We’re officially in the dog days of summer which means we need to be cautious about our pets in the hot heat.

Camp Bow Wow has some helpful tips to keep your pets from being over heated during these long hot summer days.

Exercise with caution: Pets need exercise even when it is hot, but owners need to show extra care in high temperatures. Follow the five second rule: if you can’t hold the back of your hand on the pavement for five seconds, it’s too hot for a walk. When on a walk or run, limit exercise to early morning or evening hours when it is cooler. Extra caution should also be taken with short-nosed dogs and those with thick coats, as they are more intolerant to high temperatures. 
 
Never leave your dog unattended in the car: Just 15 minutes in a hot car can cause serious damage, or even death. Even if you’re “just running in” and will put the window down, don’t leave your dog in the car, as temperatures in a parked car can reach up to 140 degrees in one hour. If you see a dog left alone in a hot car, record the car’s color, make, model and license plate number and have the owner paged in the nearest buildings or call local humane authorities or police. Always have someone keep an eye on the dog and don’t leave the scene until the situation has been resolved. 
 
Don’t forget the sunscreen: Just like us, dogs can get sunburned too, especially if they have light-colored fur. Animal sunburns can result in the same symptoms we have: peeling, redness and even cancer. Purchasing pet-friendly sunscreen to protect them from the sun’s strong UV rays can go a long way in protecting your pet. Places that are easy to forget, but prone to burning are: inside the nostrils, tip of nose, around your dog’s lips and the inside of ears for dogs with standup ears.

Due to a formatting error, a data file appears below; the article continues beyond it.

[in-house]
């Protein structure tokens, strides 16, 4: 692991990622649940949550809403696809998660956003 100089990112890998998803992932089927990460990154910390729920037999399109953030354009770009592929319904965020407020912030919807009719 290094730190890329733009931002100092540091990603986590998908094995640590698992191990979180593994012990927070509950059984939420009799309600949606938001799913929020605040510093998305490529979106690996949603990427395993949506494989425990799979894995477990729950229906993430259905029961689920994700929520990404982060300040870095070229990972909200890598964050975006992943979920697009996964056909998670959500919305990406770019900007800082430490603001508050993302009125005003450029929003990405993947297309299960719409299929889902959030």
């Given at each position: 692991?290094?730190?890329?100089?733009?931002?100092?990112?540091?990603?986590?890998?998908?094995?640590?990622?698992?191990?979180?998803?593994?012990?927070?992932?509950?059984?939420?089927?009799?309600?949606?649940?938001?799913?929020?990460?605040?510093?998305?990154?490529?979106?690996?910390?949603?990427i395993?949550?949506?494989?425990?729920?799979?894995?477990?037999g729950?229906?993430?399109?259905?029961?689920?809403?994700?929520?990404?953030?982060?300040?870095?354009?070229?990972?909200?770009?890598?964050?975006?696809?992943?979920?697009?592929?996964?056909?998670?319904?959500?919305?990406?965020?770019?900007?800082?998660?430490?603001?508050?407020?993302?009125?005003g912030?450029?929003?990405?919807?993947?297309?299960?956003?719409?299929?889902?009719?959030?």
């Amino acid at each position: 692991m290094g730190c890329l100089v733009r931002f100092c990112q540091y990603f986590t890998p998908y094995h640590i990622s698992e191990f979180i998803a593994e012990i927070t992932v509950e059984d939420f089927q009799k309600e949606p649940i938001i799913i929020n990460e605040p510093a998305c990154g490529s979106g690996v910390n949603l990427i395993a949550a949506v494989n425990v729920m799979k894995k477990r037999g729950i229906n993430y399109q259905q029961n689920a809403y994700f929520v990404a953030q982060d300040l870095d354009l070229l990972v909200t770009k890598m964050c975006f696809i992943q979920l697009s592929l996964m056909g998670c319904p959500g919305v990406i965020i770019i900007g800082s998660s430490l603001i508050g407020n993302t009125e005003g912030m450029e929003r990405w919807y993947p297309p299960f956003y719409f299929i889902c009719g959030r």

Pets need extra water – but don’t let them drink just anything: It is important to give your pet extra water during the summer heat, but don’t leave a water bowl out for too long, as this causes bacteria to grow. If your pet drinks this water, they can get sick. When on walks, puddles of what look like water can actually be full of dangerous chemicals, so keep an eye out when your dog is looking for something to sip, and make sure they always can find safe drinking water.  
 
 Keep an eye out for signs of heatstroke: Dogs can only cool themselves by panting and sweating through their paw pads, so they can develop heatstroke quickly. Signs of this include excessive panting, staring, anxious facial expressions, warm skin, refusal to obey commands by owner, vomiting, collapse and rapid heartbeat. If you suspect that your pet is suffering from this, lower your pet’s body temperature by applying towels soaked in cool water to the hairless areas of the body.